Symptoms And Post-mortem Appearances Of Different Classes Of Poisons
Whilst recognizing the fact that toxic agents cannot be accurately
classified, the following grouping may for descriptive purposes be
admitted with the view of saving needless repetition:
1. =Corrosives.=--Characterized by their destructive action on tissues
with which they come in contact. The principal inorganic corrosives are
the mineral acids, the caustic alkalies, and their carbonates; the
carbolic acid, strong solutions of oxalic acid, and acetic
Symptoms.--Burning pain in mouth, throat, and gullet, strong acid,
metallic or alkaline taste; retching and vomiting, the discharged
matters containing shreds of mucus, blood, and the lining membrane of
the passages. Inside of mouth corroded. There are also dysphagia,
thirst, dyspnoea, small and frequent pulse, anxious expression, shock.
Death may result from shock, destruction of the parts--e.g.,
perforation of stomach or duodenum, suffocation; or some weeks
subsequently death may be due to cicatricial contraction of the gullet,
stomach, or pylorus.
Post-Mortem Appearances.--Those of corrosion, with corrugation from
strong contraction of muscular fibres, and followed by inflammation and
its consequences. The mouth, gullet, and stomach, and in some cases the
intestines, may be white, yellow, or brown, shrivelled and corroded. The
corrosions may be small, or may extend over a very large surface.
Sometimes considerable portions of the lining membrane of the gullet or
stomach may be discharged by vomiting or by stool. Beyond the corroded
parts the textures are acutely inflamed. The stomach is filled with a
yellow, brown, or black gelatinous liquid or black blood, and may in
rare cases be perforated.
2. =Irritants.=--These are substances which inflame parts to which they
are applied. The class includes mineral, animal, and vegetable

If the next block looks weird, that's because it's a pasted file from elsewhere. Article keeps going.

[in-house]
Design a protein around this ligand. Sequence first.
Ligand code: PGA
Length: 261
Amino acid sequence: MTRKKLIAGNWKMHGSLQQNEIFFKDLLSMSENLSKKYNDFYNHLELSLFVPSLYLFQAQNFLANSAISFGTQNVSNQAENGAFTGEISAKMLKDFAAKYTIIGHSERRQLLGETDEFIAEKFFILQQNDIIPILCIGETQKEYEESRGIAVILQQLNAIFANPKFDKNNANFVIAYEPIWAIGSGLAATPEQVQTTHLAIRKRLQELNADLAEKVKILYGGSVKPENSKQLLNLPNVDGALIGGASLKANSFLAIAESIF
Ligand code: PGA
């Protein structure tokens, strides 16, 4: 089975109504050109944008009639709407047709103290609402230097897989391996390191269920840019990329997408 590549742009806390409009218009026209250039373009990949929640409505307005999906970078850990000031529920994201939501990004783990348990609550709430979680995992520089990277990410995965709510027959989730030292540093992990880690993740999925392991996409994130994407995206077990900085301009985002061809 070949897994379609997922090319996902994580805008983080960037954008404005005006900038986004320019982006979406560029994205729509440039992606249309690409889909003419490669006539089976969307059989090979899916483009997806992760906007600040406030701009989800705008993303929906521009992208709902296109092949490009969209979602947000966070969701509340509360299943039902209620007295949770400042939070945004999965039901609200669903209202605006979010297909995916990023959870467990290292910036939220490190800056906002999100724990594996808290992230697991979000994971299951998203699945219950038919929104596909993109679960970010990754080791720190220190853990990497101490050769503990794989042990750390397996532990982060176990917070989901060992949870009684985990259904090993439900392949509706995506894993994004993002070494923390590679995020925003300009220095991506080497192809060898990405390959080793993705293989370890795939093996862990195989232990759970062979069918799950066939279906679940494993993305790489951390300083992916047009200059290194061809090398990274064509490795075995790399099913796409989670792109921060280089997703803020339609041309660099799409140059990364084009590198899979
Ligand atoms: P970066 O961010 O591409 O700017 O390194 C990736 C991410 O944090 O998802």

substances, and contains a larger number of poisons than all the other
classes together. Irritants may be divided into two groups: (1) Those
which destroy life by the irritation they set up in the parts to which
they are applied; (2) those which add to local irritation peculiar or
specific remote effects. The first group includes the principal
vegetable irritants, some alkaline salts, some metallic poisons, etc.;
and the second comprises the metallic irritants, the metalloids
(phosphorus and iodine), and one animal substance, cantharides.
Symptoms.--Burning pain and constriction in throat and gullet, pain
and tenderness of stomach and bowels, intense thirst, nausea, vomiting,
purging and tenesmus, with bloody stools, dysuria, cold skin, and feeble
and irregular pulse. The vomit consists at first of the food, then it
becomes bile-stained, and later dark coffee-grounds in appearance, due
to extravasation of blood from the over-distended vessels in the gastric
mucous membrane. Death may occur from shock, convulsions, collapse,
exhaustion, or from starvation on account of chronic inflammation of the
gastro-intestinal mucous membrane.
Post-Mortem Appearances.--Those of inflammation and its consequences.
Coats of stomach, fauces, gullet, and duodenum, may be thickened,
black, ulcerated, gangrenous, or sloughing. Vessels filled with dark
blood ramify over the surface. Acute inflammation is often found in the
small intestines, with ulceration and softening of mucous membrane. The
rectum is frequently the seat of marked ulceration.
3. =Poisons Acting on the Brain.=--Three classes: The opium group,
producing sleep; the belladonna group, producing delirium and illusions;
and the alcohol group, causing exhilaration, followed by delirium or
Symptoms.--Of the opium group, giddiness, headache, dimness of sight,
contraction of the pupils, noises in the ears, drowsiness and confusion,
passing into insensibility. Of the belladonna group, delirium, illusions
of sight, dilated pupils, dry mouth, thirst, redness of skin, coma. Of
the alcohol group, excitement of circulation and of cerebral functions,
want of power of co-ordination and of muscular movement, double vision,
mania, followed by profound sleep and coma. In the chronic form,
Post-Mortem Appearances.--In the opium group, fulness of the sinuses
and veins of the brain, with effusion of serum into the ventricles and
beneath the membranes. In the belladonna group, nil. In the alcohol
group, signs of inflammation, congestion of brain and membranes,
fluidity of blood, long-continued rigor mortis.
4. =Poisons Acting on the Spinal Cord.=--Strychnine, brucine, thebaïne.
The leading symptom is tetanic spasm.
5. =Poisons Affecting the Heart.=--These kill by sudden shock, syncope,
or collapse. They comprise prussic acid, dilute solution of oxalic acid
and oxalates, aconite, digitalis, strophanthus, convallaria, and
6. =Poisons Acting on the Lungs.=--These have for their type carbonic
acid gas and coal gas. The fumes of ammonia are intensely irritating,
and may give rise to laryngitis, bronchitis, and even pneumonia. Nitric
acid fumes sometimes produce no serious symptoms for an hour or more,
but there may then be coughing, difficulty of breathing, and tightness
in the lower part of the throat, followed by capillary bronchitis (see